Does anyone remember the CAM stimulator for treating amblyopia?

The technique was developed in the early 80s and comprised of a turntable onto which could be fixed a series of discs bearing patterns of spatial frequency gratings or transparent Perspex plates with coloured patterns. The idea was for amblyopes of all ages to view the targets with their amblyopic eye for set periods. It was used by many centres (including at the LRH as was), and there were reports of improved vision, most remarkably in some adult amblyopes.

I have recently noticed a rising trend in the use of games on tablet displays for treating amblyopia. Some of these use dichroic displays (splitting the signal to each eye), either with specially designed screens, or relying on colour or polarised displays that use visors to split the signals to each eye of the viewer. I love the fact these can accurately control the input, while also are of a design that should overcome the usual problems of compliance in getting young children to undertake treatment.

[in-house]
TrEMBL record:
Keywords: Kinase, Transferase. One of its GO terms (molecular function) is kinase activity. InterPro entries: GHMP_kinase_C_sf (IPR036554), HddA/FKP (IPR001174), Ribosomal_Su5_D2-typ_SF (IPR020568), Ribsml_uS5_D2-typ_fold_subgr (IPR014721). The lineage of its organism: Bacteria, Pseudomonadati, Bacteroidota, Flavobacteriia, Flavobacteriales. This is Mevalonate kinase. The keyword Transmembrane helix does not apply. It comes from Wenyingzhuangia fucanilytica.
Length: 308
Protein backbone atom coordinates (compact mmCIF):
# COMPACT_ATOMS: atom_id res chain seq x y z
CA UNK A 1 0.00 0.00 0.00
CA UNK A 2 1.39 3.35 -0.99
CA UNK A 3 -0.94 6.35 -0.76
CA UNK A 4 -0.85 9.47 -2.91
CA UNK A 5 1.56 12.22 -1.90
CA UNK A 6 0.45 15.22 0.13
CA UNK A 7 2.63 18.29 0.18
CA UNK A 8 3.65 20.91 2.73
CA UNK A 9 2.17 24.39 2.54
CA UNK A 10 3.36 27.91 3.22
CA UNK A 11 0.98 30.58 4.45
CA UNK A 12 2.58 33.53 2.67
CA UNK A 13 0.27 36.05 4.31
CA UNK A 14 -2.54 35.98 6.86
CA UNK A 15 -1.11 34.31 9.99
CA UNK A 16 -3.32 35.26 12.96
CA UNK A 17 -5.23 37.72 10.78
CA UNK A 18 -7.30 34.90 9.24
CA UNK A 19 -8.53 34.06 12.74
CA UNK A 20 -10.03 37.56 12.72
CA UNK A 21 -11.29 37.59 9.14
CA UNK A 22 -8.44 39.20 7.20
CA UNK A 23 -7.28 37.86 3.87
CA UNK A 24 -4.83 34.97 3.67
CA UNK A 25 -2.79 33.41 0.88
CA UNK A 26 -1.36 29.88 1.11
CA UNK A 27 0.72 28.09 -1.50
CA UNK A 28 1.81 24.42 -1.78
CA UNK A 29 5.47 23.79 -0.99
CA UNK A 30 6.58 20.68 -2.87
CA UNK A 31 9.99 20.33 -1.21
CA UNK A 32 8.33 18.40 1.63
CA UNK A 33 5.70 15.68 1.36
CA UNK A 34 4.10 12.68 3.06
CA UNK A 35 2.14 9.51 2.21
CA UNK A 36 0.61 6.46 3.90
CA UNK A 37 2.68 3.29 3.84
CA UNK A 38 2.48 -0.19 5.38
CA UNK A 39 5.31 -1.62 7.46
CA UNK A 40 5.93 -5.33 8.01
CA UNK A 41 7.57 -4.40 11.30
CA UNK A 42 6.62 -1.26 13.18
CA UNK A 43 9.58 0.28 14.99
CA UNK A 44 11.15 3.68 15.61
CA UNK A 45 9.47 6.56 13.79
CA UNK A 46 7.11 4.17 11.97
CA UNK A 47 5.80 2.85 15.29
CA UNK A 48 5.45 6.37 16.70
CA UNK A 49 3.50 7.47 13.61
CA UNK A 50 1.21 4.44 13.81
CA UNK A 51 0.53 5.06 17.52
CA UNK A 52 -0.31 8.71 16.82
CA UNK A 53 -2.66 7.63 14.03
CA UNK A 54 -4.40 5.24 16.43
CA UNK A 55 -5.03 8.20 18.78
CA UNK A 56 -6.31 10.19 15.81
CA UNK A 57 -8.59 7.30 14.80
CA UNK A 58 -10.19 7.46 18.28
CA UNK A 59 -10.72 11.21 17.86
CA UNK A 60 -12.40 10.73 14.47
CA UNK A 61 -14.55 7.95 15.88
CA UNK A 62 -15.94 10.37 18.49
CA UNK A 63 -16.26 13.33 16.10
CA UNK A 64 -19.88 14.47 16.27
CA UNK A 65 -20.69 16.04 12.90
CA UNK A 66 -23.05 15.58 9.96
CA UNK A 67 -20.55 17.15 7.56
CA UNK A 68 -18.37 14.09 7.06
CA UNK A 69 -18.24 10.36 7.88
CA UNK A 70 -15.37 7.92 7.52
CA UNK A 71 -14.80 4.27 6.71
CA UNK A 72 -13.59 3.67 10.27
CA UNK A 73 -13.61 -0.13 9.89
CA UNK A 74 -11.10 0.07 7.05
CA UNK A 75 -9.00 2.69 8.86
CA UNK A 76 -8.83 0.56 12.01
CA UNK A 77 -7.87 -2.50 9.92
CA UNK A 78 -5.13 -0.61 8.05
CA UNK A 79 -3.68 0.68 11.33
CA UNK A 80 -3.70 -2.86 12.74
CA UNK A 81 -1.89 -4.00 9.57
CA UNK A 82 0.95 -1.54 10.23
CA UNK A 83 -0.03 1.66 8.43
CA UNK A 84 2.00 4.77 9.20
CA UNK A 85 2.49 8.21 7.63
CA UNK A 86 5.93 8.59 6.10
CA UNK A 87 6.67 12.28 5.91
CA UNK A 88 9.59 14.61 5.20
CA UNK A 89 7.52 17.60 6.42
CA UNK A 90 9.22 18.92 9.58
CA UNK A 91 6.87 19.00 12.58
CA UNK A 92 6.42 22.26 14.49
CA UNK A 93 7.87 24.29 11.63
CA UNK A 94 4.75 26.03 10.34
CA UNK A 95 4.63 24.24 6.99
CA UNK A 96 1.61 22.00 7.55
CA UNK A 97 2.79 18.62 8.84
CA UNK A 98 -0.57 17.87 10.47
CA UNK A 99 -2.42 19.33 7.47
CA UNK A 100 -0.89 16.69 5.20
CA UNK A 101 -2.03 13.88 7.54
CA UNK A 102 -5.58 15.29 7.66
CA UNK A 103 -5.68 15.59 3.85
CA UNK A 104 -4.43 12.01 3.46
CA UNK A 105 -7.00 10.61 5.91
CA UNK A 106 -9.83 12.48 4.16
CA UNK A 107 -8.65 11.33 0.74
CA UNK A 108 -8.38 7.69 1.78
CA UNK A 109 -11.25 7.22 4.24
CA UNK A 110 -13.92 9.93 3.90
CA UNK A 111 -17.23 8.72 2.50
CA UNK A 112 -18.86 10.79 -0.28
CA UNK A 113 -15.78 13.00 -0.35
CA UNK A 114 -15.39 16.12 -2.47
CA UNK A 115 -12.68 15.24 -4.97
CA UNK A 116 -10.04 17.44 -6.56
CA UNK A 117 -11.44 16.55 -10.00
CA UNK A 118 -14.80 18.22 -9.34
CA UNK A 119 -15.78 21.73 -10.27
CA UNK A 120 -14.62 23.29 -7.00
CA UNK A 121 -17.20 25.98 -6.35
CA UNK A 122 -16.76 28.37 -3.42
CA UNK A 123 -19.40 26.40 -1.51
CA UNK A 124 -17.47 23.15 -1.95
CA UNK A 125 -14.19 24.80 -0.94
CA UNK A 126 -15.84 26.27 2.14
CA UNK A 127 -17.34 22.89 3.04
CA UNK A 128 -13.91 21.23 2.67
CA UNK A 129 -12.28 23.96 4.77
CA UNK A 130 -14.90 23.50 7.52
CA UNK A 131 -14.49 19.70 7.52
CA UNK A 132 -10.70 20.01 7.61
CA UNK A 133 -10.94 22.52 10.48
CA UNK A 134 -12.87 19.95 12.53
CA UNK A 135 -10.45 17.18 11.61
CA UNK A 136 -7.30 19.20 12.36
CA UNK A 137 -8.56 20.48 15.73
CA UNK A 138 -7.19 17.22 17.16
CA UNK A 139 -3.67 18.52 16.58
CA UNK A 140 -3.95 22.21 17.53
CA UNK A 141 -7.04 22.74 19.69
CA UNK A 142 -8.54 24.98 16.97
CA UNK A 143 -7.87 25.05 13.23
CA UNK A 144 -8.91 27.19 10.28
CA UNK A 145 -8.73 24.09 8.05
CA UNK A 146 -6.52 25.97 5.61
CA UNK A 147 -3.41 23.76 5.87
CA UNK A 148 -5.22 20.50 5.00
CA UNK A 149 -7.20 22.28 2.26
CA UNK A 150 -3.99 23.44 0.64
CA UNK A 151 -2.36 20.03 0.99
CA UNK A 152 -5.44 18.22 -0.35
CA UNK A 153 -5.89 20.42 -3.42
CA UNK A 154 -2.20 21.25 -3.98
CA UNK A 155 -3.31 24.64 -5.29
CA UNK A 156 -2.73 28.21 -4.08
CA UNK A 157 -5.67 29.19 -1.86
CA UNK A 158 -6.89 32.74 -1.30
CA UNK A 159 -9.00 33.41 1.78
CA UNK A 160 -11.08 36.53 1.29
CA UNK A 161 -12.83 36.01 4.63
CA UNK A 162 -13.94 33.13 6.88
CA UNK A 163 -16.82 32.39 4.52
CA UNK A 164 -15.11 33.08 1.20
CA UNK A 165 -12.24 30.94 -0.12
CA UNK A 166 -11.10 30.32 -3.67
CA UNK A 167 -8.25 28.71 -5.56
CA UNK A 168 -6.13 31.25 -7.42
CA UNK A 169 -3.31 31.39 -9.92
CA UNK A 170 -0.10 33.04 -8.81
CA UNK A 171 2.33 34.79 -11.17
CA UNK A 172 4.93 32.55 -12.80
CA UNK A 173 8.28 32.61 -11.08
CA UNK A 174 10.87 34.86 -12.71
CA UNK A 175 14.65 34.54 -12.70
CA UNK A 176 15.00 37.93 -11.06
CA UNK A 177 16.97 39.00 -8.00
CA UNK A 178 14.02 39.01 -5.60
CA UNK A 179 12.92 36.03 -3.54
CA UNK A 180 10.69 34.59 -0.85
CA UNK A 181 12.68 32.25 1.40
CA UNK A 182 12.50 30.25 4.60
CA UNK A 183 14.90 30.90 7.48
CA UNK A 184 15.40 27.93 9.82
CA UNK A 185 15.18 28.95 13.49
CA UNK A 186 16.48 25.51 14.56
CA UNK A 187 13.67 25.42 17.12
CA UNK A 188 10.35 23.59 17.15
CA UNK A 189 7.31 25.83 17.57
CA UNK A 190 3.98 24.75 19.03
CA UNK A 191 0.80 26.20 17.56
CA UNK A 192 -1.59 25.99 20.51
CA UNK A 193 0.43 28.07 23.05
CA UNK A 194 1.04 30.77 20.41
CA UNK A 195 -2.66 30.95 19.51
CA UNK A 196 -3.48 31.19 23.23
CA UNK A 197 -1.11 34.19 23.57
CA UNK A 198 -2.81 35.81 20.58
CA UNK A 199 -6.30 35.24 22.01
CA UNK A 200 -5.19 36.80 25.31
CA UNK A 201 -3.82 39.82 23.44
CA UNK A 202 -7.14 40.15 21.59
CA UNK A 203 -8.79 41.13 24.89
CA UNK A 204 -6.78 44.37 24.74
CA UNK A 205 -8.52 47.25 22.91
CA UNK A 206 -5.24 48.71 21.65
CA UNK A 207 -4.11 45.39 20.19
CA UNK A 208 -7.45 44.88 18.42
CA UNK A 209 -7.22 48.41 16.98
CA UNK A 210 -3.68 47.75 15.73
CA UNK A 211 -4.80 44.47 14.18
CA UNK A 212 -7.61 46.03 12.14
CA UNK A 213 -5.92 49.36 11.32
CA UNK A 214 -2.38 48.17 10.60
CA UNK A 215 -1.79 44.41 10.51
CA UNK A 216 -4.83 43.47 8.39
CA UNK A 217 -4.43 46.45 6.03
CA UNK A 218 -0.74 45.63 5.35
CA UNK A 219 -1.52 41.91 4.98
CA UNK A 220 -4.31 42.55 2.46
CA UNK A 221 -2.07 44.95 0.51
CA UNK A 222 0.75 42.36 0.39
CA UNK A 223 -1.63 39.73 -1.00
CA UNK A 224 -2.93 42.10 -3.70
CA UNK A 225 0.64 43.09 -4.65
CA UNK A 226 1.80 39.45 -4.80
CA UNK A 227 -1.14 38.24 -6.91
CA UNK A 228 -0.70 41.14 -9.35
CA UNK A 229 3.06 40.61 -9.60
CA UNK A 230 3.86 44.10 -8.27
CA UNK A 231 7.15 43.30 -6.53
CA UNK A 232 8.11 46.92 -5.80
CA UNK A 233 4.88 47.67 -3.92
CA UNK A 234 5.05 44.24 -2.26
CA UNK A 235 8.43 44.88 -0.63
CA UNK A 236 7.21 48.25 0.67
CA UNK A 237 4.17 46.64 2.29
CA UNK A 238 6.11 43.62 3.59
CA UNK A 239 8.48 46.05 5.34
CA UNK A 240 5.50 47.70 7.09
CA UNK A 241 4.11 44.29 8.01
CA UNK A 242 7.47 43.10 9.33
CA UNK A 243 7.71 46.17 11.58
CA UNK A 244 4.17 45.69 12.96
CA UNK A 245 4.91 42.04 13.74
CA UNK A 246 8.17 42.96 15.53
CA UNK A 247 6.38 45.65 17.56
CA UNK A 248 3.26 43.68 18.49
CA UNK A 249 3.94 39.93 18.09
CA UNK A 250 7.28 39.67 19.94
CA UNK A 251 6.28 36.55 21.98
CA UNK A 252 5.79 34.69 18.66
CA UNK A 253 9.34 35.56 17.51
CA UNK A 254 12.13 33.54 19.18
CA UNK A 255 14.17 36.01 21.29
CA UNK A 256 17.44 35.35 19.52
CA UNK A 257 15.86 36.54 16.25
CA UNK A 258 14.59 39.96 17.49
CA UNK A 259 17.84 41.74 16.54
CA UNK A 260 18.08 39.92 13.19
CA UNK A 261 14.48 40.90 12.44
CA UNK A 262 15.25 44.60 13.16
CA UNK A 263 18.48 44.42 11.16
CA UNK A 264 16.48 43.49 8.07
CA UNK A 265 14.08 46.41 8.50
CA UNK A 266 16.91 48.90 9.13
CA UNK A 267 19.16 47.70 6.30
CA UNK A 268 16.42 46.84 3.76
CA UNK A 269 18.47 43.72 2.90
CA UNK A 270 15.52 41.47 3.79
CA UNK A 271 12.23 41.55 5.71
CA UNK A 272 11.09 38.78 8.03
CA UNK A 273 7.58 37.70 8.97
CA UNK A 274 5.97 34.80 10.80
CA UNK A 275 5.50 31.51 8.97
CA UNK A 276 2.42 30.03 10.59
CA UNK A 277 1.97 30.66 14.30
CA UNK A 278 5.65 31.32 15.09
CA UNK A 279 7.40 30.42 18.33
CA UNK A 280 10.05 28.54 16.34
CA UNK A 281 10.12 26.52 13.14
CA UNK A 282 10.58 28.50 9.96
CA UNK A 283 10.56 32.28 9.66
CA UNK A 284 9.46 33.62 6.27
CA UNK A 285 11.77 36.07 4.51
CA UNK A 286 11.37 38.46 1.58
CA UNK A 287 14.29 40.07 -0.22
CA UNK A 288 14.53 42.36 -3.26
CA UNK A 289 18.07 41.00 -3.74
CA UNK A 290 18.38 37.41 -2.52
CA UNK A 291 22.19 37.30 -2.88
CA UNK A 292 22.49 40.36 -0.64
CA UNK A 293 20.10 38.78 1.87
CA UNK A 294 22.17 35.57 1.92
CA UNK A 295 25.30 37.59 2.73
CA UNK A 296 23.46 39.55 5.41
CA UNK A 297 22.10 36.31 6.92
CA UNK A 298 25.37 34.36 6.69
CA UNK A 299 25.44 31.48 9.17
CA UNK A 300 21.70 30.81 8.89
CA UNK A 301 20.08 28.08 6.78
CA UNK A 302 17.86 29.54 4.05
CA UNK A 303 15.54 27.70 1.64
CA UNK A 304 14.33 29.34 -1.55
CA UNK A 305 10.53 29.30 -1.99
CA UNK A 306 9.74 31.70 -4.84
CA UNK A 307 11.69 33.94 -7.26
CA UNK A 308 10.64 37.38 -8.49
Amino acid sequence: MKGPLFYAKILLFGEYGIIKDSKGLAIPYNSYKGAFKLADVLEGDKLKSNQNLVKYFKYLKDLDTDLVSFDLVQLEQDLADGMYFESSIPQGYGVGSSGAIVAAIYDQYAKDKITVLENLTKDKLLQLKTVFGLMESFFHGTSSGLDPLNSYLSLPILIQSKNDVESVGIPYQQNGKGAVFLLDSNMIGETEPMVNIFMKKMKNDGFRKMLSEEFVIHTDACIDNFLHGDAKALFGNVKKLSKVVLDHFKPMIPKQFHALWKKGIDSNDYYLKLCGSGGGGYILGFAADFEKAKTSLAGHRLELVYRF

That said, there seems to be a creeping tendency to market such products directly to parents. One example of such has the following statement on the website, ‘Although one does have to go to eye care specialists for full eye examination to be certain of the improvements…’ This reads to me a little bit like a legal adviser has suggested they had better mention the ECP as an afterthought, though this is against the thrust of their marketing plan. Technology should be embraced but we need to be the ones first embracing it.

But with care. A paper just out in Nature, from Anglia Ruskin, has shown that: ‘The increasing use of smartphones to capture images of the eye for use in telemedicine… comes with a risk of misdiagnosis because of the varying settings of different cameras.’